Variations on a theme
Coconut macaroons vary from recipe to recipe, but in their most basic form they are a cookie made from shredded, dried coconut, egg whites, sugar, and some salt and vanilla for flavoring. They are yummy on their own, but, like many cookies, they are even better when dipped in, or drizzled with, chocolate. Click through the slideshow to learn tips and tricks for making great macaroons.
Macaroons made with unsweetened coconut
Many people prefer macaroons made with dried, unsweetened coconut (as opposed to the moist, pre-sweetened kind). If you use a recipe that calls for the unsweetened kind (it can be purchased at most health food stores and specialty spice stores), begin by combining the dry ingredients first: the coconut (pre-toasted, if you'd like), sugar, and salt. Then add the wet ingredients—typically egg whites—and mix thoroughly with your fingers.
Shaping the macaroons (with unsweetened coconut)
Macaroons made with unsweetened coconut should be loosely scooped (either using a cookie scoop or two tablespoons) and placed about 1 inch apart on a parchment-lined sheet pan. Many recipes call for pinching them into compact pyramids with wet fingertips, but another great way is to use a small scoop.
Add mix-ins if desired
After you've mixed the macaroons, feel free to add chocolate chips to the mixture.
Smoothing the edges
Use wet hands to smooth out the edges of the macaroons to avoid sticking.
Bake to desired color
The best part of a macaroon is the caramelized outer surface. The cooking time is only a guideline, don't be afraid to allow the macaroons to bake to your desired darkness.
Macaroons made with sweetened coconut
If you are making macaroons using the pre-sweetened, moist, flake coconut found in most grocery stores, consider toasting it in the oven first to give it some extra caramelization and complexity.
Mixing the macaroons
With both types of coconut, the mixture should be moist and sticky, but not too wet. When you ball some up in a fist, it should hold its shape without being drippy. For macaroons made with pre-sweetened coconut, I like using condensed milk in the mixture, in addition to beaten egg whites, which gives the macaroons a nice, rich texture and flavor. Many other recipes are far more simple, and will just call for the coconut to be combined with unbeaten egg whites.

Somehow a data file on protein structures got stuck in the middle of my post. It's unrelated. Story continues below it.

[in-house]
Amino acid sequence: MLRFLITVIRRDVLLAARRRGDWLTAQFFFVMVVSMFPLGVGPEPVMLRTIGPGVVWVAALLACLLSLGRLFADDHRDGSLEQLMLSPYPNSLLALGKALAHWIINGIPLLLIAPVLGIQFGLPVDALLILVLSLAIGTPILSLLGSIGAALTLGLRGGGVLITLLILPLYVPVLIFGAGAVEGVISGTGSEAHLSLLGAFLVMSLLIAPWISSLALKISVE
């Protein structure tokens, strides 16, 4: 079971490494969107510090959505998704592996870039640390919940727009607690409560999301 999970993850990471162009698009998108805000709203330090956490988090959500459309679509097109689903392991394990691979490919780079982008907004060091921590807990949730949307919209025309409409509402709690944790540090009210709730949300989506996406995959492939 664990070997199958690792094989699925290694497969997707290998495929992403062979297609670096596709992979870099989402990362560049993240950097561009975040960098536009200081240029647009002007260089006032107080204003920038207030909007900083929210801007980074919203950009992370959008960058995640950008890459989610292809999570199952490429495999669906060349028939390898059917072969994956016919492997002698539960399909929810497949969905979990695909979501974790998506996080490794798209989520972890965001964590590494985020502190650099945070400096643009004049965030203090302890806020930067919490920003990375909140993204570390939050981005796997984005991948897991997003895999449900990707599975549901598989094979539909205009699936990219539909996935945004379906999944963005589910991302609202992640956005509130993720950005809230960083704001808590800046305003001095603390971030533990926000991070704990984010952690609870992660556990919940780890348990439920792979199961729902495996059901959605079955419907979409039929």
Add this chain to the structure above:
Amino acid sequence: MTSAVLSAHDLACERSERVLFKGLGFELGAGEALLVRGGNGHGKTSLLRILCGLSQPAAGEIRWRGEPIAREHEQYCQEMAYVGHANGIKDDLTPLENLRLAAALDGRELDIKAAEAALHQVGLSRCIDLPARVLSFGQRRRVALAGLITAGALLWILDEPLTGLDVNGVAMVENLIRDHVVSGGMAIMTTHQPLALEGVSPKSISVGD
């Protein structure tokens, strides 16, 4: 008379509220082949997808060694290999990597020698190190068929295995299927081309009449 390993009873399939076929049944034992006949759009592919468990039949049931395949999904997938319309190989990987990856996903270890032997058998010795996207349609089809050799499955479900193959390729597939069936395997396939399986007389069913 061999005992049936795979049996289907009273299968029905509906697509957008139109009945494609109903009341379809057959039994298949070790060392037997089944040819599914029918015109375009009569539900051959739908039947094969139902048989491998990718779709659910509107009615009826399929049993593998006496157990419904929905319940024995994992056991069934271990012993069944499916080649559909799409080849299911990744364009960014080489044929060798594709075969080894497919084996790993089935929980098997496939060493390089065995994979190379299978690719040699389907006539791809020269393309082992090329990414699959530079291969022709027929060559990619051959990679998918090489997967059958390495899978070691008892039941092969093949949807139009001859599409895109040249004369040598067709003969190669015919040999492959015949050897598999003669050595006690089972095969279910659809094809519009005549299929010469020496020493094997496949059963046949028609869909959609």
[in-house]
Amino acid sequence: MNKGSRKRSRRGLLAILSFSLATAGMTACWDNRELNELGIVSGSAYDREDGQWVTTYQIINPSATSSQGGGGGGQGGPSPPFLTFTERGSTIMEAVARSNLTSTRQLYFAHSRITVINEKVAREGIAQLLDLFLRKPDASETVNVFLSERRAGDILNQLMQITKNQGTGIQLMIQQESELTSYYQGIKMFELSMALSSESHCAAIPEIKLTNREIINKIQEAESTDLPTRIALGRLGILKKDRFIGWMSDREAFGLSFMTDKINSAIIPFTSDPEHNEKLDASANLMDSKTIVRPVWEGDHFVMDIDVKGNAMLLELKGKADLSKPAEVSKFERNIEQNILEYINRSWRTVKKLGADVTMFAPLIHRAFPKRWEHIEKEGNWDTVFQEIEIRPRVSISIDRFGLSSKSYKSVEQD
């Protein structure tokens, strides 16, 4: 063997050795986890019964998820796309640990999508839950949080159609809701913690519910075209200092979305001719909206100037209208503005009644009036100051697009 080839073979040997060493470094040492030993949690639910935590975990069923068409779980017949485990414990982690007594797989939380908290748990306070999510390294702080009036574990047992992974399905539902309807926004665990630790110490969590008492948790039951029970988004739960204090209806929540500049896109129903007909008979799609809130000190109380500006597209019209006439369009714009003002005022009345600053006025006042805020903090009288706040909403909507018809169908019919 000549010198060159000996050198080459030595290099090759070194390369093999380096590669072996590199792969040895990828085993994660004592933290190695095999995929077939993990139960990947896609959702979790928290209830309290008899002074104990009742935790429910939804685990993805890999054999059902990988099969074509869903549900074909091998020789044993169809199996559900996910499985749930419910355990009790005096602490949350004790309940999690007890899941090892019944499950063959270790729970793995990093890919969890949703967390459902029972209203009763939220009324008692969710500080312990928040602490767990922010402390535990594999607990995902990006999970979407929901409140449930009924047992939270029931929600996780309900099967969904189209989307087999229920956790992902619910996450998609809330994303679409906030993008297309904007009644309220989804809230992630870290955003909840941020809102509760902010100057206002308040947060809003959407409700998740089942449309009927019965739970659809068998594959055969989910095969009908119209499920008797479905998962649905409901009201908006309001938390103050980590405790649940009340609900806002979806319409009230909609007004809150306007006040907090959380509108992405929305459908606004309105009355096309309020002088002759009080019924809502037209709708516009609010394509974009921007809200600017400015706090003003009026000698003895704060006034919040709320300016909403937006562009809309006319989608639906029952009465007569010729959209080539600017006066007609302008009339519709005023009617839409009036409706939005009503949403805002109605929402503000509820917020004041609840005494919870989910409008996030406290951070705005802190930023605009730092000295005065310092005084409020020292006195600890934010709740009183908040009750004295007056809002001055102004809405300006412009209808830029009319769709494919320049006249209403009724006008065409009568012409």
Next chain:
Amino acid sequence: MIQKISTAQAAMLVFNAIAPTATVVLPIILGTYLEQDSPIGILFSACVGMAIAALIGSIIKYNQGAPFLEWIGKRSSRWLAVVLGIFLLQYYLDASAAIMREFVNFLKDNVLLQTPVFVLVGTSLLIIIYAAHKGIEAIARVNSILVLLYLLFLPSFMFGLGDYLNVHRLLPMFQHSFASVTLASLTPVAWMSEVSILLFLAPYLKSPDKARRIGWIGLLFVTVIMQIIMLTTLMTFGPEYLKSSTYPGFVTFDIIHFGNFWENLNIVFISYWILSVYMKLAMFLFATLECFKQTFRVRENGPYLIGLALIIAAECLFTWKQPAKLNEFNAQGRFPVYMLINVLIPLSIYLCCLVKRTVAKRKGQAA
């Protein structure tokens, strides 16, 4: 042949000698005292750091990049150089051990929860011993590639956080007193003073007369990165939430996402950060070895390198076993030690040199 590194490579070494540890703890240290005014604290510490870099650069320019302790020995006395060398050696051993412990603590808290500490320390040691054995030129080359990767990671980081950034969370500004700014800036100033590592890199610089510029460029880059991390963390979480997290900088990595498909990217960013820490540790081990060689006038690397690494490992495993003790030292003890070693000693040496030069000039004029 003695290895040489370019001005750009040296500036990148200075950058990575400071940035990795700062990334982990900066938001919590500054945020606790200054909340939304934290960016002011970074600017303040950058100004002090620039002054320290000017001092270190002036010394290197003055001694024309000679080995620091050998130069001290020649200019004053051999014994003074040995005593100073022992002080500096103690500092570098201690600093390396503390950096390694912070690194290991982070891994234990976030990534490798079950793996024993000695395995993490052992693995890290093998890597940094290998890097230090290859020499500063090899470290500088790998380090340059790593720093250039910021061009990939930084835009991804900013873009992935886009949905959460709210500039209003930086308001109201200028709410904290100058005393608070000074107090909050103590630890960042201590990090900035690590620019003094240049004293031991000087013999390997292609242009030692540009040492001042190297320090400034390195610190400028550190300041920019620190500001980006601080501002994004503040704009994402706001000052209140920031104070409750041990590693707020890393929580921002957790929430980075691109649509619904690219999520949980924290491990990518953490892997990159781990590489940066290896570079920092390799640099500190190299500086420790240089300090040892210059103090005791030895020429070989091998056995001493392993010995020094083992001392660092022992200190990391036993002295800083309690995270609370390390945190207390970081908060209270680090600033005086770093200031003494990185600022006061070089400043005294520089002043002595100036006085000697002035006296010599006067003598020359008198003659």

Portion the macaroons
For macaroons made with sweetened coconut, it is not necessary to firmly pack the mixture, because the long strands of coconut intertwine and hold together. When portioning this type of macaroon, a loose scoop or spoonful works perfectly. Remember to wet your hands before shaping the mixture.
Shaping the macaroons
Bake to desired color, cool a bit on the parchment
As with the unsweetened macaroons, you'll want to bake to your preferred level of caramelization and just use the baking time in the recipe as your guide. Be sure that before you pull them out of the oven, a crust has formed on the exterior. Allow macaroons to cool on the parchment for 10-15 minutes before transferring them to a rack to finish cooling.
Be sure to allow the macaroons to cool completely before dipping or storing. If you dip too soon, the chocolate will mix with unwanted condensation, which will cause it to seize up. If you store them while hot, the excess condensation will make the macaroons soggy.
Dipping in chocolate
Set up a small station with the rack of cooled macaroons, parchment, forks, and the bowl of tempered chocolate. Both milk and dark chocolates work fine, just be sure to follow the specific tempering guidelines for each kind (check out this tutorial on tempering if it's your first time).
Allow chocolate to set up
Place the finished, dipped pieces on a fresh sheet of parchment and allow the chocolate to set up completely in a cool, dry place. You may place the cookies in the fridge for 30 seconds to a minute to speed the process along, but don't leave them in the fridge or the moisture will damage the chocolate.